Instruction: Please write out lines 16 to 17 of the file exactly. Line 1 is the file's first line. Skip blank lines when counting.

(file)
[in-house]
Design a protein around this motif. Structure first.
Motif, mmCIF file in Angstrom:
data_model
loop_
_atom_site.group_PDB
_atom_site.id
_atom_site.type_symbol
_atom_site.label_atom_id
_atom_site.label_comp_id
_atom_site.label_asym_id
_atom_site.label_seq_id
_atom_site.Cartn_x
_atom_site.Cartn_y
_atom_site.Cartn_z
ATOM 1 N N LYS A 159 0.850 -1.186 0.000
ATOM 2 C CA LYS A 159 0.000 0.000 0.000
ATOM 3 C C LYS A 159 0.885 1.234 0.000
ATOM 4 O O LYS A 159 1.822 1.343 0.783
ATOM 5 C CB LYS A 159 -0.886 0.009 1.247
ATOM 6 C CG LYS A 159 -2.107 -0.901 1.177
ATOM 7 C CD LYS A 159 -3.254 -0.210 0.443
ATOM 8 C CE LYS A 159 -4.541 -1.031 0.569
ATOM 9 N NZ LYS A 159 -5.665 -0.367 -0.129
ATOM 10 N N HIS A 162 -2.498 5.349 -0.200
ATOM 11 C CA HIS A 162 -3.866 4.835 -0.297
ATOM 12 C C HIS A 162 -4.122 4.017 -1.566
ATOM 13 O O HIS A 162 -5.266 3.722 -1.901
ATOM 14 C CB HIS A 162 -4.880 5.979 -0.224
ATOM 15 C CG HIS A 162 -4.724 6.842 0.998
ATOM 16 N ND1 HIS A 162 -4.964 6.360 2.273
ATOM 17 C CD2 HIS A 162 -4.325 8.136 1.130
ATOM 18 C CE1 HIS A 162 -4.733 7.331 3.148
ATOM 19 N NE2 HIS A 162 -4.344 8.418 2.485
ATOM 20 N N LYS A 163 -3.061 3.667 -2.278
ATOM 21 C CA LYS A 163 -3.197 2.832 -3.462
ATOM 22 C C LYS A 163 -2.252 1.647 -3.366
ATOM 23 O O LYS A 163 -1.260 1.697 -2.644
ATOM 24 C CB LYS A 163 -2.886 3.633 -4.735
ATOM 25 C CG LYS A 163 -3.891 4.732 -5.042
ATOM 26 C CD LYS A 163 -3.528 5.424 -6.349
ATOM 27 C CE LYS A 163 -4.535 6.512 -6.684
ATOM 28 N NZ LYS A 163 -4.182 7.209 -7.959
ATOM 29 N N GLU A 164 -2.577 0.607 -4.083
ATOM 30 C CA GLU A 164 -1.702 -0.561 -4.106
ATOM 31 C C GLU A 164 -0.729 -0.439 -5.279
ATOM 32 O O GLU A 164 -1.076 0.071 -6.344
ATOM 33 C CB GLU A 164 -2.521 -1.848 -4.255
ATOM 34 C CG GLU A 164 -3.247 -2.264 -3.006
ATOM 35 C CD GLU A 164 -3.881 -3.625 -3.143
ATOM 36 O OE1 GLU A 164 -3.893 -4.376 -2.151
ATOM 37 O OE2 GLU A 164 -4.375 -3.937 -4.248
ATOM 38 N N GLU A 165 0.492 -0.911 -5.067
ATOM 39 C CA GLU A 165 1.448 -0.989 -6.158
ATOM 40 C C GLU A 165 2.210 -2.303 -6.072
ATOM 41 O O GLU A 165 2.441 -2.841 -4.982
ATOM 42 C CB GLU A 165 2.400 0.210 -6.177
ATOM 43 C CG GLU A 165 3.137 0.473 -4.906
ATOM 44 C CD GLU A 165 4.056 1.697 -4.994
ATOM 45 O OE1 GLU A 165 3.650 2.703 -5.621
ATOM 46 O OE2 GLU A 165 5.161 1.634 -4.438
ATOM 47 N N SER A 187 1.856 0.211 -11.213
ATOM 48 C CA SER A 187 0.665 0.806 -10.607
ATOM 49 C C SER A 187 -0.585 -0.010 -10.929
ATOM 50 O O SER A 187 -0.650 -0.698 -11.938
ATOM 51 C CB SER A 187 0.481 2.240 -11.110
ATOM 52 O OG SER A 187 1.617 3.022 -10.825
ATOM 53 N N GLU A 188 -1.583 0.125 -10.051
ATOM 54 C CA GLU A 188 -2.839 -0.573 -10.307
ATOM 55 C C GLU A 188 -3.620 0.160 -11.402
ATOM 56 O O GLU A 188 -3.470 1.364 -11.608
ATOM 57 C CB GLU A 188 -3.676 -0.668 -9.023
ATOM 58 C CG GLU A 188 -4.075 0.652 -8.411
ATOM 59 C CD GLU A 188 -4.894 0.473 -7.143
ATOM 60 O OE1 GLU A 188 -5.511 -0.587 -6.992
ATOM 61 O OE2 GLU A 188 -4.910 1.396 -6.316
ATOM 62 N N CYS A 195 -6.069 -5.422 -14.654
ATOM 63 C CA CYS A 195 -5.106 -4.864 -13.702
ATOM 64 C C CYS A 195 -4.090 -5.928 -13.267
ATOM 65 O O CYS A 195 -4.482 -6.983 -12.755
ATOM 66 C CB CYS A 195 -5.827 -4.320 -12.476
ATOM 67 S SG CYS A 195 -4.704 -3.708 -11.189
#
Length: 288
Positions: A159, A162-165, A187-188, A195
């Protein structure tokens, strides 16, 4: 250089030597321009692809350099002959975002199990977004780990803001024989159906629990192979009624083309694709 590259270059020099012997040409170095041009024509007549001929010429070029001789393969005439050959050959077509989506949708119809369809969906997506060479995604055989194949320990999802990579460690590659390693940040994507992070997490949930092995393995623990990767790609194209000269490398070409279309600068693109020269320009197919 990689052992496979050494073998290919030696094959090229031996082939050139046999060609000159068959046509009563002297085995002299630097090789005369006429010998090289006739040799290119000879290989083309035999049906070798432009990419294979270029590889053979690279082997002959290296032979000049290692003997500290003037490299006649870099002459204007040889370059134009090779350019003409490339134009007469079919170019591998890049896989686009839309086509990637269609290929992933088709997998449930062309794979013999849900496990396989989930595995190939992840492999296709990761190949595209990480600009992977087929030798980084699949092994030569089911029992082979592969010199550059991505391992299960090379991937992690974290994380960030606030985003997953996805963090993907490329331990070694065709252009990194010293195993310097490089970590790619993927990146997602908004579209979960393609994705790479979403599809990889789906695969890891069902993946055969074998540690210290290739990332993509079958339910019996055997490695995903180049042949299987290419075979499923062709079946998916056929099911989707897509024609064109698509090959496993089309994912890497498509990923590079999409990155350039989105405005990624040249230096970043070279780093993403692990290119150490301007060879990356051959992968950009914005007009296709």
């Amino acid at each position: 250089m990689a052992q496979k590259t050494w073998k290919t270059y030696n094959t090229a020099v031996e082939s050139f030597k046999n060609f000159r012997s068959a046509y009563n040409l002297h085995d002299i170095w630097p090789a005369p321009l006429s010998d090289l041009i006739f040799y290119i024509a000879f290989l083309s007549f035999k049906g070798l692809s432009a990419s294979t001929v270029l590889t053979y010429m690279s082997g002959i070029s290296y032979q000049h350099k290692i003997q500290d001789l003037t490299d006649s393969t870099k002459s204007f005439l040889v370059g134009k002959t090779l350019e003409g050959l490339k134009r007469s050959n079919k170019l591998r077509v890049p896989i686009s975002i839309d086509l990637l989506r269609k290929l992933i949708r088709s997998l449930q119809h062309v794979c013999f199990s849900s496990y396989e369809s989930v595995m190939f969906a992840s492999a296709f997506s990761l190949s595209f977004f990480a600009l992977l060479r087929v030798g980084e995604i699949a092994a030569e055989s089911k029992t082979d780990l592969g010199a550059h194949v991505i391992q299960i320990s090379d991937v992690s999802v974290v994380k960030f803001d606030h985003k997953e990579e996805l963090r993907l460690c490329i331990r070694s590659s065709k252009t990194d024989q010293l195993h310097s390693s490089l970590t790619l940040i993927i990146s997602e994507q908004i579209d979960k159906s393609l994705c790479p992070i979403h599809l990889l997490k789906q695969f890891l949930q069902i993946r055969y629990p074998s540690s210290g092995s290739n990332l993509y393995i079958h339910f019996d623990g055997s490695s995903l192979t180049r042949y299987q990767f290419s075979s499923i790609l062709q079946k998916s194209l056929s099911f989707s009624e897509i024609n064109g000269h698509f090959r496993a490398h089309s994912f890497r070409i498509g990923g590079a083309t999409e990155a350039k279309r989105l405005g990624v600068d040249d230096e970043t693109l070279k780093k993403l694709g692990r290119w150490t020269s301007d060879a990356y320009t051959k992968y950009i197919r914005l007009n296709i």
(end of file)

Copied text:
ATOM 1 N N LYS A 159 0.850 -1.186 0.000
ATOM 2 C CA LYS A 159 0.000 0.000 0.000